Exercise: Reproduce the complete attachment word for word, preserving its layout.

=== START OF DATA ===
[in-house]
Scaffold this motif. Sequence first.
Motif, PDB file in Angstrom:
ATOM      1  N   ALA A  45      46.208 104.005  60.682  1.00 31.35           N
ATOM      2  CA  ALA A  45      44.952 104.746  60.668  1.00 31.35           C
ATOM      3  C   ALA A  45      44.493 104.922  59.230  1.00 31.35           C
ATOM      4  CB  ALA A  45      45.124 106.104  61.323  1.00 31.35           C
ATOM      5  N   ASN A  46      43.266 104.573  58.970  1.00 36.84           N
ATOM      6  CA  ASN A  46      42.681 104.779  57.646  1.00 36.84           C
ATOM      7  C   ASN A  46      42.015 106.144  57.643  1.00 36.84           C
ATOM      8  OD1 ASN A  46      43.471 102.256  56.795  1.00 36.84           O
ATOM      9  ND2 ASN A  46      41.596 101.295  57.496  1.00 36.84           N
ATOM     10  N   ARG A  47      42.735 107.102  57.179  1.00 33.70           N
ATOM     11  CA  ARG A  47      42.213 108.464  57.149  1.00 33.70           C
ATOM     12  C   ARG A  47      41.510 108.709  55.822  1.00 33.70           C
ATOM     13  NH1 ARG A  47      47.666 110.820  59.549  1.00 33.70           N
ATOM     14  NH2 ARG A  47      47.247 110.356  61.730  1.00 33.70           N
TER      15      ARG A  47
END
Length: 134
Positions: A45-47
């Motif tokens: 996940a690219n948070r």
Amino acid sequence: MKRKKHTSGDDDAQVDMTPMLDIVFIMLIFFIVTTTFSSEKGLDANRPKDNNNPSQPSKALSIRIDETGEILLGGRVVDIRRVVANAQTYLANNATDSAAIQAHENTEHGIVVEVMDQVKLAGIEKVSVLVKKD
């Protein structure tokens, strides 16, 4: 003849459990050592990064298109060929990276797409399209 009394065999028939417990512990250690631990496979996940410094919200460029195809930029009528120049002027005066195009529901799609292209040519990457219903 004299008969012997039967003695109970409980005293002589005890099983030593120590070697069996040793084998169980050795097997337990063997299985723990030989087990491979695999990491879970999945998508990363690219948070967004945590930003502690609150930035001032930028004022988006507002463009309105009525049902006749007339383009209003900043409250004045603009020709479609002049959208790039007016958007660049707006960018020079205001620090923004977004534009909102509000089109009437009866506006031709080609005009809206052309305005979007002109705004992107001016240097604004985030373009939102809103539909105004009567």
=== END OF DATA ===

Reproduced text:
[in-house]
Scaffold this motif. Sequence first.
Motif, PDB file in Angstrom:
ATOM      1  N   ALA A  45      46.208 104.005  60.682  1.00 31.35           N
ATOM      2  CA  ALA A  45      44.952 104.746  60.668  1.00 31.35           C
ATOM      3  C   ALA A  45      44.493 104.922  59.230  1.00 31.35           C
ATOM      4  CB  ALA A  45      45.124 106.104  61.323  1.00 31.35           C
ATOM      5  N   ASN A  46      43.266 104.573  58.970  1.00 36.84           N
ATOM      6  CA  ASN A  46      42.681 104.779  57.646  1.00 36.84           C
ATOM      7  C   ASN A  46      42.015 106.144  57.643  1.00 36.84           C
ATOM      8  OD1 ASN A  46      43.471 102.256  56.795  1.00 36.84           O
ATOM      9  ND2 ASN A  46      41.596 101.295  57.496  1.00 36.84           N
ATOM     10  N   ARG A  47      42.735 107.102  57.179  1.00 33.70           N
ATOM     11  CA  ARG A  47      42.213 108.464  57.149  1.00 33.70           C
ATOM     12  C   ARG A  47      41.510 108.709  55.822  1.00 33.70           C
ATOM     13  NH1 ARG A  47      47.666 110.820  59.549  1.00 33.70           N
ATOM     14  NH2 ARG A  47      47.247 110.356  61.730  1.00 33.70           N
TER      15      ARG A  47
END
Length: 134
Positions: A45-47
């Motif tokens: 996940a690219n948070r």
Amino acid sequence: MKRKKHTSGDDDAQVDMTPMLDIVFIMLIFFIVTTTFSSEKGLDANRPKDNNNPSQPSKALSIRIDETGEILLGGRVVDIRRVVANAQTYLANNATDSAAIQAHENTEHGIVVEVMDQVKLAGIEKVSVLVKKD
């Protein structure tokens, strides 16, 4: 003849459990050592990064298109060929990276797409399209 009394065999028939417990512990250690631990496979996940410094919200460029195809930029009528120049002027005066195009529901799609292209040519990457219903 004299008969012997039967003695109970409980005293002589005890099983030593120590070697069996040793084998169980050795097997337990063997299985723990030989087990491979695999990491879970999945998508990363690219948070967004945590930003502690609150930035001032930028004022988006507002463009309105009525049902006749007339383009209003900043409250004045603009020709479609002049959208790039007016958007660049707006960018020079205001620090923004977004534009909102509000089109009437009866506006031709080609005009809206052309305005979007002109705004992107001016240097604004985030373009939102809103539909105004009567």